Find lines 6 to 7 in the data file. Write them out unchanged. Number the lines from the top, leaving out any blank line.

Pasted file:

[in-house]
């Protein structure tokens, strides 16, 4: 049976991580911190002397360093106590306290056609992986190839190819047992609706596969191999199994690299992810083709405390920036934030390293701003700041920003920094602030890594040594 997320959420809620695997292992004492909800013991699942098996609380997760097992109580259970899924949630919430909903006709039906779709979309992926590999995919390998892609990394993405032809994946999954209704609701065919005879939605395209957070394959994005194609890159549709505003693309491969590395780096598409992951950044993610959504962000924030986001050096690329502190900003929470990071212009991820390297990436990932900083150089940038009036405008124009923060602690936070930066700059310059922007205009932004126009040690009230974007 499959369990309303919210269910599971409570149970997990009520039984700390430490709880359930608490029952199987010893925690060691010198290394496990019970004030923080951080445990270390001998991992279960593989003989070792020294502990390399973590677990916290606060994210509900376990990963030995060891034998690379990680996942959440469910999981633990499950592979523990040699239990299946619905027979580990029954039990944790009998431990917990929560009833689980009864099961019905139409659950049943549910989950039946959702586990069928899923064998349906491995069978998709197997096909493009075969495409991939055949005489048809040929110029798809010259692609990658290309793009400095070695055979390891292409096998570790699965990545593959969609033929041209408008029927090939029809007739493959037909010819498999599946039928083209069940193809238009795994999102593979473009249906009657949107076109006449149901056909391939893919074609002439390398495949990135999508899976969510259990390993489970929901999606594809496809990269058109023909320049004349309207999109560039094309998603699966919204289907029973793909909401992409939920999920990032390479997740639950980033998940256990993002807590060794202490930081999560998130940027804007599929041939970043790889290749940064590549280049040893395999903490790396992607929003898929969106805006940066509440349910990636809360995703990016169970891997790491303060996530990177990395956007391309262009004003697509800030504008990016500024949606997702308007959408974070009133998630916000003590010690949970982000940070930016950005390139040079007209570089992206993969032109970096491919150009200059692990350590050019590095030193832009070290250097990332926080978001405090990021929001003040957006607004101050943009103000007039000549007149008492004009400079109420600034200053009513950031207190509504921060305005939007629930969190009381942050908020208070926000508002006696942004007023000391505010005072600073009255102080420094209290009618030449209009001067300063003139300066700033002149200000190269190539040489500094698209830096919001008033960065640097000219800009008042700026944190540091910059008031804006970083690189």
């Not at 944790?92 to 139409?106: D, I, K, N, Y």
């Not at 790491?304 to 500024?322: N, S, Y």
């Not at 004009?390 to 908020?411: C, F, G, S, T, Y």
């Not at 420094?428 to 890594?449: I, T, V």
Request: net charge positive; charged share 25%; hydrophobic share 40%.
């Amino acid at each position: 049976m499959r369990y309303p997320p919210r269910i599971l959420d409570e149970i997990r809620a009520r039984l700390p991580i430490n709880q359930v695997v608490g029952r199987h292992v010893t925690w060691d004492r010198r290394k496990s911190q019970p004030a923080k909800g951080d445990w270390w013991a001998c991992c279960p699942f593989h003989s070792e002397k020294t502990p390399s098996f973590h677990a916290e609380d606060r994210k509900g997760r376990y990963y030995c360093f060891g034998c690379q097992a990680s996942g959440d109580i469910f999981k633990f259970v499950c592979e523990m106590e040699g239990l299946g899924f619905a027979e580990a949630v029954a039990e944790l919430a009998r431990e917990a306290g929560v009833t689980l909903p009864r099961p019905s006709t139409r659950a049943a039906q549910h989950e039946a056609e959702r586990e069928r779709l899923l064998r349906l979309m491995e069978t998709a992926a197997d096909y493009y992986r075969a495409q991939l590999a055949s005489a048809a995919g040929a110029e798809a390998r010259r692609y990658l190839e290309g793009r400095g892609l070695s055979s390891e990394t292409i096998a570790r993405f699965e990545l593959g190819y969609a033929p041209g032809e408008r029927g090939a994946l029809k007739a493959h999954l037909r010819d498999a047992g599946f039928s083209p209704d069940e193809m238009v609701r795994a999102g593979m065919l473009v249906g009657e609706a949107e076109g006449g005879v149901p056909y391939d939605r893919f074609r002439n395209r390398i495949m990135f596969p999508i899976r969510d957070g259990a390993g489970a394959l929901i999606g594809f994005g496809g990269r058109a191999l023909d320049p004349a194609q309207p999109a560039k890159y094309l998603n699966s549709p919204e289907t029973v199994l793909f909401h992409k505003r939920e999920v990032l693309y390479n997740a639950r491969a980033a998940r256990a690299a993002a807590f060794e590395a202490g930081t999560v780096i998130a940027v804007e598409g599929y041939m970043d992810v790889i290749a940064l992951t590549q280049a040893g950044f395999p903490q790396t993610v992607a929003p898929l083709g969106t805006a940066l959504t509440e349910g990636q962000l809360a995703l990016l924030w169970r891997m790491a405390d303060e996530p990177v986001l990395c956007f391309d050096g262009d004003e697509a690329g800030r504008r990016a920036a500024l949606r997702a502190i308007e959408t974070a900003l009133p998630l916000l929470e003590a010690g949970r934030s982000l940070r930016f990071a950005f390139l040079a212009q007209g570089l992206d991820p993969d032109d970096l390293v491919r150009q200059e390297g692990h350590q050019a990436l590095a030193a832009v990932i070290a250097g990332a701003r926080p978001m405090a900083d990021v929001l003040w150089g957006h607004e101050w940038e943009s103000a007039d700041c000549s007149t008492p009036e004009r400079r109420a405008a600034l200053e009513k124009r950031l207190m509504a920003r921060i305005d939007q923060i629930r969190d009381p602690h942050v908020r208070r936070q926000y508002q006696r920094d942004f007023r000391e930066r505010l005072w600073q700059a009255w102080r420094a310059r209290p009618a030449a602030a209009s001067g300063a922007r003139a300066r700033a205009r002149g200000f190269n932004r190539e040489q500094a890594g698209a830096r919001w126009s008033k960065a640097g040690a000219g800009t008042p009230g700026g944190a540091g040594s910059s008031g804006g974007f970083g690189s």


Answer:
């Not at 420094?428 to 890594?449: I, T, V």
Request: net charge positive; charged share 25%; hydrophobic share 40%.